Despite the swirling criticisms of “the media” these days, there have been several recent examples of high-quality public service journalistic efforts. They provide good opportunities for a closer look at how this important work gets done.
News flash: It’s not cheap. It involves big investments of people, money, and time.
Here are a couple of case studies.
Trump Tax Returns: NYT Team Effort
On October 1, the New York Times published revelations about Donald Trump’s 1995 tax records that suggested he may not have paid any federal income tax for almost two decades.
The next day, Times reporter Susanne Craig detailed the process of publishing the records, from the day she found them in an anonymous envelope in her mailbox to the publication of the article eight days later.
Four reporters were involved in the effort to authenticate and research the documents, Craig writes. The paper hired tax experts to help the journalists in their work. One of the reporters traveled from New York to Florida to interview a key source. Craig doesn’t even mention the editors and other people who were no doubt involved in the story before it went to press.
This was, quite obviously, an important effort to provide the American public with a key piece of information about a presidential candidate. But it didn’t happen on the cheap.
NPR Real-Time Fact Checking: An Even Bigger Team
NPR is providing real-time fact checking on its website for all of this year’s presidential and vice presidential debates. It’s the first time the news organization has tried something like this, on this scale.
I’ve found the product to be a little clunky, but it’s still an important service during a high-stakes presidential campaign that’s been beset by, let’s say, a particularly high number of prevarications. It’s also been great for NPR’s web traffic – the organization set a record for website visits on the day of the first debate in September.
Nieman Lab recently revealed what went into NPR’s online fact-checking effort for that first debate.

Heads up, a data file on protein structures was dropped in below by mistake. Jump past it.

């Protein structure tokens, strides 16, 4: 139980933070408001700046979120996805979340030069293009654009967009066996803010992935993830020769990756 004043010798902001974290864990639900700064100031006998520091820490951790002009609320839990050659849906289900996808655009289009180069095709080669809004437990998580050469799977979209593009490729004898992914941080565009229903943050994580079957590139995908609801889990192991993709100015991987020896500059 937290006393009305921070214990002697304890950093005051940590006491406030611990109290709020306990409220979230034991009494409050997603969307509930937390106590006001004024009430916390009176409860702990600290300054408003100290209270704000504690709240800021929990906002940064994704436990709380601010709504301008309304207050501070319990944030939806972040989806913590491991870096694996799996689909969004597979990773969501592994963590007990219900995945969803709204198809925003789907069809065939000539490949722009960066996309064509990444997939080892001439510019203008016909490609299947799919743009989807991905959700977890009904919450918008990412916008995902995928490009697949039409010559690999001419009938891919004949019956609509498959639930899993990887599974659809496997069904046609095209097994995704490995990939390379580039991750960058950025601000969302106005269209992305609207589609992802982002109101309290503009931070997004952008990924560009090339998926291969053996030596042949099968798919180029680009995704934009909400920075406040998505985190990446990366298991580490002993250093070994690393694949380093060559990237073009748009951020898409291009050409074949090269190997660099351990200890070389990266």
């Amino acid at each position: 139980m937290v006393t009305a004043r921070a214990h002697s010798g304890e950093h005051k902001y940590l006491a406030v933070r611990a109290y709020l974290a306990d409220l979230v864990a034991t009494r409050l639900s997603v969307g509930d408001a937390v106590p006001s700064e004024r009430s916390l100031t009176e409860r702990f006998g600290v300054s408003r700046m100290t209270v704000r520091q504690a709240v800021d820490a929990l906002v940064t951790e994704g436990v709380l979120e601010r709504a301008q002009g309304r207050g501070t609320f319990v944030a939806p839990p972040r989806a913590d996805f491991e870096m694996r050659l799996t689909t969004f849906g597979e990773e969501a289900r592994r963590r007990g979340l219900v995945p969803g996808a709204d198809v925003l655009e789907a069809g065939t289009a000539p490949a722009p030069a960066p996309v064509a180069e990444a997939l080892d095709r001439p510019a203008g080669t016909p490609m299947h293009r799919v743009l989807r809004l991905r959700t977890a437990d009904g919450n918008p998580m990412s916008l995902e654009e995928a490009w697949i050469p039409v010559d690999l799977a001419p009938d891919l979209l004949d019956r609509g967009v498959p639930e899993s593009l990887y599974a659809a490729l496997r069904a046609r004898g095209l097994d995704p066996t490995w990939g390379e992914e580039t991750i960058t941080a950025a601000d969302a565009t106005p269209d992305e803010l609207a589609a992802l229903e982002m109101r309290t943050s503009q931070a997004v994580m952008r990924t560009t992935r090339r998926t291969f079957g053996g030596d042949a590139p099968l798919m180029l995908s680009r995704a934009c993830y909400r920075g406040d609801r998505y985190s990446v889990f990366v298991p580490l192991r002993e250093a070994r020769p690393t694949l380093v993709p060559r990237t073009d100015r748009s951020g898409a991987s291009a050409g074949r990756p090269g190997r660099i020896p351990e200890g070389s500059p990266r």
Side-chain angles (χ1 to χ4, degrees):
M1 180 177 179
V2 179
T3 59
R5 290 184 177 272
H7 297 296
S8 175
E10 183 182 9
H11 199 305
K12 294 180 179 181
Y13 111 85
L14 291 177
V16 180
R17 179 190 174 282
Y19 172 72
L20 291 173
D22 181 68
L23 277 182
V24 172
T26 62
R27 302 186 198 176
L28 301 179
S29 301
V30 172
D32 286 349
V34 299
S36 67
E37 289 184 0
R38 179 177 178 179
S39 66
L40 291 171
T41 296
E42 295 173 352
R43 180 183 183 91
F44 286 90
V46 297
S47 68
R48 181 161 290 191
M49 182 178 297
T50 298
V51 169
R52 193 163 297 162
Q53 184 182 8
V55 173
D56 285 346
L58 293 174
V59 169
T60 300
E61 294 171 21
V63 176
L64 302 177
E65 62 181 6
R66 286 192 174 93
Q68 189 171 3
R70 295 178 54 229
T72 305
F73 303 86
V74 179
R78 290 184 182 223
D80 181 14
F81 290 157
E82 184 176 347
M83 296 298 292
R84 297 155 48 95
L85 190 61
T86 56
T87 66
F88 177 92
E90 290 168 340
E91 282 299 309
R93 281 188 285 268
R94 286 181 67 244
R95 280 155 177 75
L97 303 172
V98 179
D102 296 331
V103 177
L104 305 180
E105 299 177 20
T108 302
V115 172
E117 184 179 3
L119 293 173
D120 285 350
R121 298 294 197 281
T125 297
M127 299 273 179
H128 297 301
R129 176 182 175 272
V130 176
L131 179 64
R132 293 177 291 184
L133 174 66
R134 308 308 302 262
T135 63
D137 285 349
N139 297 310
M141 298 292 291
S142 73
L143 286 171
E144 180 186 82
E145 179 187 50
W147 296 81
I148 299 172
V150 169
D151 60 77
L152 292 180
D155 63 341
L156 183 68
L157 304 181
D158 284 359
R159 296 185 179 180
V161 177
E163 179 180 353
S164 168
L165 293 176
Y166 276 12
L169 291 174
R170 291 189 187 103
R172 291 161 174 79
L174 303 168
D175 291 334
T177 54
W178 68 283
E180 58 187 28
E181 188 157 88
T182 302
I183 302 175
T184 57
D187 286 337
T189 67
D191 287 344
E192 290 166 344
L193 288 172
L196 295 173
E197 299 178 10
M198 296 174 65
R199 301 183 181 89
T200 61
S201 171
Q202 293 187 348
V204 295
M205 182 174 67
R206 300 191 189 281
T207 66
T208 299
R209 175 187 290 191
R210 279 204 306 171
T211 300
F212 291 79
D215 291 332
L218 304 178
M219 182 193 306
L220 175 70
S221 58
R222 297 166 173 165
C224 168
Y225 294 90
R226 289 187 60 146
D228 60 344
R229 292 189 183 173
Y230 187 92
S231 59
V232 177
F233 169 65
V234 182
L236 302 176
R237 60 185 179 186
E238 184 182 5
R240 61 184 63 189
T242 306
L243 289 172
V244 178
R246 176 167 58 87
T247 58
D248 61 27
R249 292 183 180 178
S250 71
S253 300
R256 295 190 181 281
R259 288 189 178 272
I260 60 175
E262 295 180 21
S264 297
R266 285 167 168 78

Twenty reporters contributed fact-checks to the real-time debate transcript. Thirty other people – including editors, copyeditors, researchers, and visuals experts – vetted and cleaned up the annotations before and after they went live.
If You Can’t Do It Right, Don’t Do It … Yet
When the New York Times and NPR undertook these projects, they understood the significant investment of people, time, and resources they’d have to make to do them well. They knew they could make those investments without compromising their regular service.
Most of my clients are local news organizations with much, much smaller staffs than NPR or the New York Times … and many of them have ambitions far beyond their size. That’s not a bad thing! I never discourage big thinking. I do, however, discourage acting bigger than you are … and doing things on the cheap.
When newsrooms consider launching new projects or initiatives, I urge them to ask themselves several questions:
- How many people will be required to do this project and do it well?
- What additional resources will you need, besides people?
- If you pull existing resources into this project, what will be the implications for your current service?
- Do you need to stop doing something in order to prioritize this project? Is this project worth that sacrifice?
- If you don’t have the resources for this project now, can you involve your development team in a fundraising effort, so you can do it in the future?
- Can you form a partnership with another organization that might increase your available resources for this project?
For smaller organizations, major undertakings may require a little more planning and budgeting. And there may be some projects that smaller organizations simply can’t do. And that’s ok! It’s all about making the best use of scarce resources to create the very best and most meaningful journalism you can create, either with the resources you have or the resources you can plan to obtain.